BY Peter Diamond | January 17 2020 | comments icon 0 COMMENTS     print icon print

BISHOP ROBSON

Voting rights outcome demonstrates Church and council’s rapport

Bishop welcomes councillors’ decision to keep Catholic voting rights on education committee

Dunkeld Diocese has welcomed an almost unanimous decision to keep Catholic voting rights on Dundee City Council’s education committee.

The decision came after Independent councillor Gregor Murray called for Church reps to be stripped of such powers, a motion that was overwhelmingly quashed by 26 votes to two.

Cllr Murray, a former convener of the children and families services committee for the council, also asked for teachers and trade unions to be stripped of their voting rights on the city’s education committee at the proposal which took place on Monday January 13.

 

Motion

Cllr Murray asked fellow councillors to agree that ‘with effect from the next meeting of the children and families services committee, only elected members of the council, with a mandate from the electorate, should be allowed to vote on any council committee or sub-committee.’

The councillor accused the Catholic Church of having ‘spread its transphobia across the city,’ meanwhile stating the motion was ‘not an attack on religion’ and claimed the change would help local democracy as Dundee City Council residents have ‘no say’ in selecting Church, teaching and trade union reps on the education committee.

 

Working relationship

Bishop Stephen Robson of Dunkeld Diocese has welcomed the council’s decision to retain the status quo.

The bishop said: “Dundee City Council has had a very good and fruitful working relationship with the Diocese of Dunkeld over many years. The proposal to remove voting rights for Faith community representatives was advanced by only one councillor. It was almost unanimously voted down.”

He added that he has worked alongside Canon Tom Shields, vicar episcopal for education in Dunkeld and Moira Leck, the Church representative on the council’s education committee, to ‘try to defuse the situation and were delighted that the council reacted so clearly and overwhelmingly.’

He added: “The fruitful and genial collaboration between the Diocese of Dunkeld and Dundee [City] Council can now continue serving the needs of Catholic education into the future.

“We were grateful for the opportunity to be proactive rather than reactive to the proposal.”

 

Bishop’s statement

The bishop had encouraged Catholics to contact their local elected official ahead of the motion in a statement to be read at Masses across the city on January 11 and 12, highlighting that ‘Church representatives have always used their vote responsibly and thoughtfully, allowing Dundee City Council and the Catholic Church to be effective partners in supporting young people and parents.’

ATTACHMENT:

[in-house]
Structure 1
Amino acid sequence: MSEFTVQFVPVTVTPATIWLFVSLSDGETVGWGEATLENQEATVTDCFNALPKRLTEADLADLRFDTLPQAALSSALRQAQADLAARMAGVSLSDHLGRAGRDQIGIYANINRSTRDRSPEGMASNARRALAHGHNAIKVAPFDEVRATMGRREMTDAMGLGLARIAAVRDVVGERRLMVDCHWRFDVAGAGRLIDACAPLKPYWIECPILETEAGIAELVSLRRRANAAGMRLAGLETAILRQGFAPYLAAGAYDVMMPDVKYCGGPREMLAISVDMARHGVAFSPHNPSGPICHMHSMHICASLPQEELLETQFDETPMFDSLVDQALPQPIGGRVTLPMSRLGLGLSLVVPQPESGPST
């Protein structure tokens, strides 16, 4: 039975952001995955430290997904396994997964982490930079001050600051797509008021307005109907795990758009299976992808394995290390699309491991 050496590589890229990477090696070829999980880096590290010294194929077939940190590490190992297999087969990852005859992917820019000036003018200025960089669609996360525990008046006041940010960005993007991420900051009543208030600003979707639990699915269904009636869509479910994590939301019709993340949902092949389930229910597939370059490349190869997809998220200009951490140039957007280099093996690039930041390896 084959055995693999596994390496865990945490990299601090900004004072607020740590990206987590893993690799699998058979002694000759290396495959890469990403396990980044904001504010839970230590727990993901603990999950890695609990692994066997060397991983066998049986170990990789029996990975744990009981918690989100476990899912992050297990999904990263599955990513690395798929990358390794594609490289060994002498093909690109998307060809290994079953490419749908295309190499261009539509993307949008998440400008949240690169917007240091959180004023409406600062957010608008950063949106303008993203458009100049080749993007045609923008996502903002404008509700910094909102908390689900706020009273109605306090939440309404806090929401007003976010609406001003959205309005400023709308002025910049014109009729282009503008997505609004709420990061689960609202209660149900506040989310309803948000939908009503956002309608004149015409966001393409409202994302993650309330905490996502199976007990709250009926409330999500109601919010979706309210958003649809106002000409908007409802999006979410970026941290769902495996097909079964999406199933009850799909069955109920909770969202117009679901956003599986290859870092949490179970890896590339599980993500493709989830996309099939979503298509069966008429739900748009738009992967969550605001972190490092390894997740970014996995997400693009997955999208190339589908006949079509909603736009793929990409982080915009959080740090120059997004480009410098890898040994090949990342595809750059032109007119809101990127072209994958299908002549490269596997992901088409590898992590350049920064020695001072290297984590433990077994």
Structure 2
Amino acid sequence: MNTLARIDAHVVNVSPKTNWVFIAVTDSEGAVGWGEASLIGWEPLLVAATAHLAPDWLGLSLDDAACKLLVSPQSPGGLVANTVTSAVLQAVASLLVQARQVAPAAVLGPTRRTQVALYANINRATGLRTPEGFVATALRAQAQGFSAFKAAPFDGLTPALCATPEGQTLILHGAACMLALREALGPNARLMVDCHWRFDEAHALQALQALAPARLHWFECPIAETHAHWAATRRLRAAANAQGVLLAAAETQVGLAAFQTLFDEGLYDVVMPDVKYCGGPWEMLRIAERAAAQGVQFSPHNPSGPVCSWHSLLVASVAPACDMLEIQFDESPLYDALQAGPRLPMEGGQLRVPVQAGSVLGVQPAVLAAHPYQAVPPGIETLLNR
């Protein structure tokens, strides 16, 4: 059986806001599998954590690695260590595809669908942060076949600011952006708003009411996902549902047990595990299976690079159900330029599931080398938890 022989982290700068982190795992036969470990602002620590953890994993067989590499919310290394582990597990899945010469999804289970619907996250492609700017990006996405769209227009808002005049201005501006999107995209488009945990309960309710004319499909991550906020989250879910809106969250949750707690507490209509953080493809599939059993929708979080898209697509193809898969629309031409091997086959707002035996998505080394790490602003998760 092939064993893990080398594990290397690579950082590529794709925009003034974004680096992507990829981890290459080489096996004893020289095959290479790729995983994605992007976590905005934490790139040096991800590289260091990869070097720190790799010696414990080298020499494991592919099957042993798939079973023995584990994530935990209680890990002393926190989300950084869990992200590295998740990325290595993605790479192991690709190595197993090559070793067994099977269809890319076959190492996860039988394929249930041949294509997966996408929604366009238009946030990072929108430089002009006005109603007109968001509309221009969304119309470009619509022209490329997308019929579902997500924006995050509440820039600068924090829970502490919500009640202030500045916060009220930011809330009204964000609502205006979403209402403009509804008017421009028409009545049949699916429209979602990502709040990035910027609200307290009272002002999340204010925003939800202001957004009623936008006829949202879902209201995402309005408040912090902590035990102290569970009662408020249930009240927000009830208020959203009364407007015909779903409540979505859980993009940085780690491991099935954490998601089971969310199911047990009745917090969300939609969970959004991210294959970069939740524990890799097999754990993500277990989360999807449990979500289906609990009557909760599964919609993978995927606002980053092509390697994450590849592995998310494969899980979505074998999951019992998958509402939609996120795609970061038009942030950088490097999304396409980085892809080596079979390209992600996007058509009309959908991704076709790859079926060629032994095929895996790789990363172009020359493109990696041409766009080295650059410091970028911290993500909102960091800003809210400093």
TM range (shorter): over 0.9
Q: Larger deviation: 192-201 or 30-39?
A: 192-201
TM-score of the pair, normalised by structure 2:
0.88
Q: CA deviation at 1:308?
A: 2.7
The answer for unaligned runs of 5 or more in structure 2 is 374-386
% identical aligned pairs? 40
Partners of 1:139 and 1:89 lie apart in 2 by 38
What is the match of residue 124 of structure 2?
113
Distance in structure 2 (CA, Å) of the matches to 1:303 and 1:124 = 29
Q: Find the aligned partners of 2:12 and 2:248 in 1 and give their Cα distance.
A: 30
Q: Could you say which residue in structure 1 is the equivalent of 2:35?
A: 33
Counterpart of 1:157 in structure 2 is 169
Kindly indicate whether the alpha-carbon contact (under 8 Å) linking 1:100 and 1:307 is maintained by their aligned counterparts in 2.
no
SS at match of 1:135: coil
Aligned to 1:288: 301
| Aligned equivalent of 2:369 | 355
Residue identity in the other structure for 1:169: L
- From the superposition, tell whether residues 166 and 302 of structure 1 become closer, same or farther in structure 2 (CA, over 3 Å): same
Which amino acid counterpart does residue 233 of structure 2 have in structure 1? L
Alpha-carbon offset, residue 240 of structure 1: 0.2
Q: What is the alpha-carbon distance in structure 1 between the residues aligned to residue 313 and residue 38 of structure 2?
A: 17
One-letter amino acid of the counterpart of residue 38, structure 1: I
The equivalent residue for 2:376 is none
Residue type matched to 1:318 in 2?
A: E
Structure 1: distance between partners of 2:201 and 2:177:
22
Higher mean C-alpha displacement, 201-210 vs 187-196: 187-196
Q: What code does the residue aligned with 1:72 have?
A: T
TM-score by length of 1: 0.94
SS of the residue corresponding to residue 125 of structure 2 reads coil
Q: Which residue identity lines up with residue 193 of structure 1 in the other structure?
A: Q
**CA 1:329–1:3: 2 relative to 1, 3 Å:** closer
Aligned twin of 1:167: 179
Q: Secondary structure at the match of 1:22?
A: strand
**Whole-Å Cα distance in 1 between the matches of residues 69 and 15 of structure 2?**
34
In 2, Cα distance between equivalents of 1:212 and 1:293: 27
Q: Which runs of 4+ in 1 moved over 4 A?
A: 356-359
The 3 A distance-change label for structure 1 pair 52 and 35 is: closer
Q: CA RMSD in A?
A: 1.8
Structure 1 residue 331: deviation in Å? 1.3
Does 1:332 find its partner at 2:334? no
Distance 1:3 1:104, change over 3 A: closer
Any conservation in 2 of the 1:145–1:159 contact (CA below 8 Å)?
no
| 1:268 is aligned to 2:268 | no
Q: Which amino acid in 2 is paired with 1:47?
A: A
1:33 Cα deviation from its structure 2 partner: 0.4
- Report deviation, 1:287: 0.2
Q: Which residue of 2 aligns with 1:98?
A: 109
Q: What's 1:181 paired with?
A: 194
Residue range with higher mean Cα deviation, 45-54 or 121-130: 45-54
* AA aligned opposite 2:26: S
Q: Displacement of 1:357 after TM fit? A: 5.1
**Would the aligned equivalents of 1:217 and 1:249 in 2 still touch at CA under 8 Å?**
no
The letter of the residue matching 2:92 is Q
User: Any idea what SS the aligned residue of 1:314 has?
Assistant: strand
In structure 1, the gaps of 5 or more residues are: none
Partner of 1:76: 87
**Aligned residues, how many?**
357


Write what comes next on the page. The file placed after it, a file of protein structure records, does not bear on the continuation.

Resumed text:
In his statement, the bishop had warned the motion was an attempt to eventually erase Catholic schools from the city altogether.

He said: “Catholic representatives on Dundee City Council act to safeguard the interests of Catholic schools. It would be naïve to think that this motion is anything other, in the minds of some in our city, as a first step to removing Catholic schools altogether.”

 

Dismissed

Barbara Coupar, director of the Scottish Catholic Education Service (SCES) has also welcomed the news.

She told the SCO: “The calls to remove voting rights have been dismissed without debate in the majority of councils because they value the contribution of the non-elected members, including parents, teachers, unions and Church representatives.

“The debate and vote in Dundee city has demonstrated that councils are not in favour of reducing their responsibility to their constituents, or removing engagement with respected partners, but want to maintain and develop positive relationships with members of their community.”

Others who supported keeping the rights of Church representatives on the education committee included Dundee’s Lord Provost Ian Borthwick, who stated it would have been ‘shortsighted and foolish in the extreme’ to risk hurting the relationship between the council and the Church, especially during a time where the city council is working on school attainment levels. The lord provost believed the item should have been withdrawn.

 

Sadness

Councillor Richard McCready, based in Dundee City Council, was national secretary for Justice and Peace Scotland from 2003 and 2007. In a statement released on his website, he said he was ‘saddened’ to have to speak and vote against the plans.

In his blog post, councillor McCready wrote: “I agreed with the Lord Provost that it would have been better if the item had been withdrawn.

“Fundamentally, I do not know what the problem is that this proposal is meant to fix.”

He added: “I think that these external voices with votes make a difference to our community and to our decisions.”

Cllr McCready stated his ward colleague, Bailie MacPherson, suggested the council should broaden the voting rights to the parent and pupil representatives on the Children and Families Services Committee in Dundee and stated he thought the debate by Cllr Murray was ‘unfortunate and unnecessary.’

 

Hard work

He wrote: “I want to pay tribute to the hard work of teachers and pupils in our schools. But everyone involved in education in Dundee, that should include councillors as much as anyone else, knows that we must do better collectively. We need to work together to find ways to make a difference for our young people.

“I do not think that tinkering with the committee structure is going to make a real difference.

“When the vote came I joined the majority of councillors and the proposal was defeated by 26 votes to two.

“I hope in the not too distant future that we will see as much energy expended on discussing plans to improve the outcomes for all the young people in our city.”

— peter@sconews.co.uk

 

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